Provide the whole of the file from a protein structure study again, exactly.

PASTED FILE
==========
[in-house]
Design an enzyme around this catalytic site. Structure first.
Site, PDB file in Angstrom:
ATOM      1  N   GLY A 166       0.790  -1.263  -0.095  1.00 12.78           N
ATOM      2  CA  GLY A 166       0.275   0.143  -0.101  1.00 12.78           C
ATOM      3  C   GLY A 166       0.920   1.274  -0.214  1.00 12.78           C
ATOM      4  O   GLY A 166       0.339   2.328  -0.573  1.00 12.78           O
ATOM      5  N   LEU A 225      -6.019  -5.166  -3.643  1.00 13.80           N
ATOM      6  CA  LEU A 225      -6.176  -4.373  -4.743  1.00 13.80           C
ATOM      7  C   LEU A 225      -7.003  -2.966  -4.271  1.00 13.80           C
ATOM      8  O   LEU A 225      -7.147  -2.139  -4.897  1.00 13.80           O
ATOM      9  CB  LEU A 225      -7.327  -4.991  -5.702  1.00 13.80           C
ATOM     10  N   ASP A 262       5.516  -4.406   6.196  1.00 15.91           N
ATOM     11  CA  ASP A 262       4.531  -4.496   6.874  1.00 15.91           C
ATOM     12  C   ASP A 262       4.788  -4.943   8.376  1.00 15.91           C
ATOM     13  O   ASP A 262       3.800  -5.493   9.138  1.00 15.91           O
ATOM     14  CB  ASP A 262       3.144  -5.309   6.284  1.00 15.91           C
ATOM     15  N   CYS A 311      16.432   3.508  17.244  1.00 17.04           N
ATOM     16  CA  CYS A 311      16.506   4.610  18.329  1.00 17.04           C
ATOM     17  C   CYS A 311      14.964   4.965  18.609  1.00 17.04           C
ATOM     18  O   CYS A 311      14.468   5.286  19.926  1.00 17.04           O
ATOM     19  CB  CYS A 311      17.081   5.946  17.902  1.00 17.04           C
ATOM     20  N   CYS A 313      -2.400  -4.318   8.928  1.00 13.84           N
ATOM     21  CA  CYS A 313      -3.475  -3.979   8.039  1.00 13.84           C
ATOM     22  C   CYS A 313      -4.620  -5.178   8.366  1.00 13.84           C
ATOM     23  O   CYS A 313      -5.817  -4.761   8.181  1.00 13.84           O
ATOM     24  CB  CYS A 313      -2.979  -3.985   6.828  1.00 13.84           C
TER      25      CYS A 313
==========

[in-house]
Design an enzyme around this catalytic site. Structure first.
Site, PDB file in Angstrom:
ATOM      1  N   GLY A 166       0.790  -1.263  -0.095  1.00 12.78           N
ATOM      2  CA  GLY A 166       0.275   0.143  -0.101  1.00 12.78           C
ATOM      3  C   GLY A 166       0.920   1.274  -0.214  1.00 12.78           C
ATOM      4  O   GLY A 166       0.339   2.328  -0.573  1.00 12.78           O
ATOM      5  N   LEU A 225      -6.019  -5.166  -3.643  1.00 13.80           N
ATOM      6  CA  LEU A 225      -6.176  -4.373  -4.743  1.00 13.80           C
ATOM      7  C   LEU A 225      -7.003  -2.966  -4.271  1.00 13.80           C
ATOM      8  O   LEU A 225      -7.147  -2.139  -4.897  1.00 13.80           O
ATOM      9  CB  LEU A 225      -7.327  -4.991  -5.702  1.00 13.80           C
ATOM     10  N   ASP A 262       5.516  -4.406   6.196  1.00 15.91           N
ATOM     11  CA  ASP A 262       4.531  -4.496   6.874  1.00 15.91           C
ATOM     12  C   ASP A 262       4.788  -4.943   8.376  1.00 15.91           C
ATOM     13  O   ASP A 262       3.800  -5.493   9.138  1.00 15.91           O
ATOM     14  CB  ASP A 262       3.144  -5.309   6.284  1.00 15.91           C
ATOM     15  N   CYS A 311      16.432   3.508  17.244  1.00 17.04           N
ATOM     16  CA  CYS A 311      16.506   4.610  18.329  1.00 17.04           C
ATOM     17  C   CYS A 311      14.964   4.965  18.609  1.00 17.04           C
ATOM     18  O   CYS A 311      14.468   5.286  19.926  1.00 17.04           O
ATOM     19  CB  CYS A 311      17.081   5.946  17.902  1.00 17.04           C
ATOM     20  N   CYS A 313      -2.400  -4.318   8.928  1.00 13.84           N
ATOM     21  CA  CYS A 313      -3.475  -3.979   8.039  1.00 13.84           C
ATOM     22  C   CYS A 313      -4.620  -5.178   8.366  1.00 13.84           C
ATOM     23  O   CYS A 313      -5.817  -4.761   8.181  1.00 13.84           O
ATOM     24  CB  CYS A 313      -2.979  -3.985   6.828  1.00 13.84           C
TER      25      CYS A 313